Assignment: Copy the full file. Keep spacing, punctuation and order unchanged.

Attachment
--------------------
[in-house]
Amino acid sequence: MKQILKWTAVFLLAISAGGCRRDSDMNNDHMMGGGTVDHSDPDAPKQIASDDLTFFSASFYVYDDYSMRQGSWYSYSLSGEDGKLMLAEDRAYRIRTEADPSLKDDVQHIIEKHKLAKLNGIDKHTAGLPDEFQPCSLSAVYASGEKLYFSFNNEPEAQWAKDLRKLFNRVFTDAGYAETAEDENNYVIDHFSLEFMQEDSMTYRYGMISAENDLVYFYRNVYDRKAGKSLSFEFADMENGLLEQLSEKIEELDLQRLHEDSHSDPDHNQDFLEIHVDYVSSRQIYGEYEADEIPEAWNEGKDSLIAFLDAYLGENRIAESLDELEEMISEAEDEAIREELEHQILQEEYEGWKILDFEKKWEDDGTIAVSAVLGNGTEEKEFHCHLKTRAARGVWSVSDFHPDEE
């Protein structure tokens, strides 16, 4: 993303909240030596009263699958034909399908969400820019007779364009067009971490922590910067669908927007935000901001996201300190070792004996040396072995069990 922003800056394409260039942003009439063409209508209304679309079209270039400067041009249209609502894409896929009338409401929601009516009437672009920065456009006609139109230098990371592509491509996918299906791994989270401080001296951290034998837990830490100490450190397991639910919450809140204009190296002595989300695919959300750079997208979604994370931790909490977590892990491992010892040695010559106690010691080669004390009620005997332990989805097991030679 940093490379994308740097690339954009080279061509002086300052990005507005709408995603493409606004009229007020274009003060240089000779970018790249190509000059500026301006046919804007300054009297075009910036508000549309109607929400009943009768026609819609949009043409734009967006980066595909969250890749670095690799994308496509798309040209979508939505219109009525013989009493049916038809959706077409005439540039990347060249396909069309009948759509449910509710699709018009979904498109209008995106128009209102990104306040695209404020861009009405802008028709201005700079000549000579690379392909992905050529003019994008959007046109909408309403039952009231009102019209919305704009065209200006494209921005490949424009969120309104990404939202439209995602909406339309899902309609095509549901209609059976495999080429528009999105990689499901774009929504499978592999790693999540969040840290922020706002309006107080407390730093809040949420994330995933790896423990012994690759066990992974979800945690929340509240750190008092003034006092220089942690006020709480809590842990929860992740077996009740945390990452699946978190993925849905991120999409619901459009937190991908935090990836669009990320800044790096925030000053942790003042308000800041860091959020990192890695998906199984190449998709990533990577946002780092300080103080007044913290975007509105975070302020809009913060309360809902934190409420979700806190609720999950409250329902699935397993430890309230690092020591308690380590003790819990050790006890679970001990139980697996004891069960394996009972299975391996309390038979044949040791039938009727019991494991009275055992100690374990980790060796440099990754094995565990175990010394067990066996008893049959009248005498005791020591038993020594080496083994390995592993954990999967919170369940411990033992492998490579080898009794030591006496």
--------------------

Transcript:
[in-house]
Amino acid sequence: MKQILKWTAVFLLAISAGGCRRDSDMNNDHMMGGGTVDHSDPDAPKQIASDDLTFFSASFYVYDDYSMRQGSWYSYSLSGEDGKLMLAEDRAYRIRTEADPSLKDDVQHIIEKHKLAKLNGIDKHTAGLPDEFQPCSLSAVYASGEKLYFSFNNEPEAQWAKDLRKLFNRVFTDAGYAETAEDENNYVIDHFSLEFMQEDSMTYRYGMISAENDLVYFYRNVYDRKAGKSLSFEFADMENGLLEQLSEKIEELDLQRLHEDSHSDPDHNQDFLEIHVDYVSSRQIYGEYEADEIPEAWNEGKDSLIAFLDAYLGENRIAESLDELEEMISEAEDEAIREELEHQILQEEYEGWKILDFEKKWEDDGTIAVSAVLGNGTEEKEFHCHLKTRAARGVWSVSDFHPDEE
């Protein structure tokens, strides 16, 4: 993303909240030596009263699958034909399908969400820019007779364009067009971490922590910067669908927007935000901001996201300190070792004996040396072995069990 922003800056394409260039942003009439063409209508209304679309079209270039400067041009249209609502894409896929009338409401929601009516009437672009920065456009006609139109230098990371592509491509996918299906791994989270401080001296951290034998837990830490100490450190397991639910919450809140204009190296002595989300695919959300750079997208979604994370931790909490977590892990491992010892040695010559106690010691080669004390009620005997332990989805097991030679 940093490379994308740097690339954009080279061509002086300052990005507005709408995603493409606004009229007020274009003060240089000779970018790249190509000059500026301006046919804007300054009297075009910036508000549309109607929400009943009768026609819609949009043409734009967006980066595909969250890749670095690799994308496509798309040209979508939505219109009525013989009493049916038809959706077409005439540039990347060249396909069309009948759509449910509710699709018009979904498109209008995106128009209102990104306040695209404020861009009405802008028709201005700079000549000579690379392909992905050529003019994008959007046109909408309403039952009231009102019209919305704009065209200006494209921005490949424009969120309104990404939202439209995602909406339309899902309609095509549901209609059976495999080429528009999105990689499901774009929504499978592999790693999540969040840290922020706002309006107080407390730093809040949420994330995933790896423990012994690759066990992974979800945690929340509240750190008092003034006092220089942690006020709480809590842990929860992740077996009740945390990452699946978190993925849905991120999409619901459009937190991908935090990836669009990320800044790096925030000053942790003042308000800041860091959020990192890695998906199984190449998709990533990577946002780092300080103080007044913290975007509105975070302020809009913060309360809902934190409420979700806190609720999950409250329902699935397993430890309230690092020591308690380590003790819990050790006890679970001990139980697996004891069960394996009972299975391996309390038979044949040791039938009727019991494991009275055992100690374990980790060796440099990754094995565990175990010394067990066996008893049959009248005498005791020591038993020594080496083994390995592993954990999967919170369940411990033992492998490579080898009794030591006496």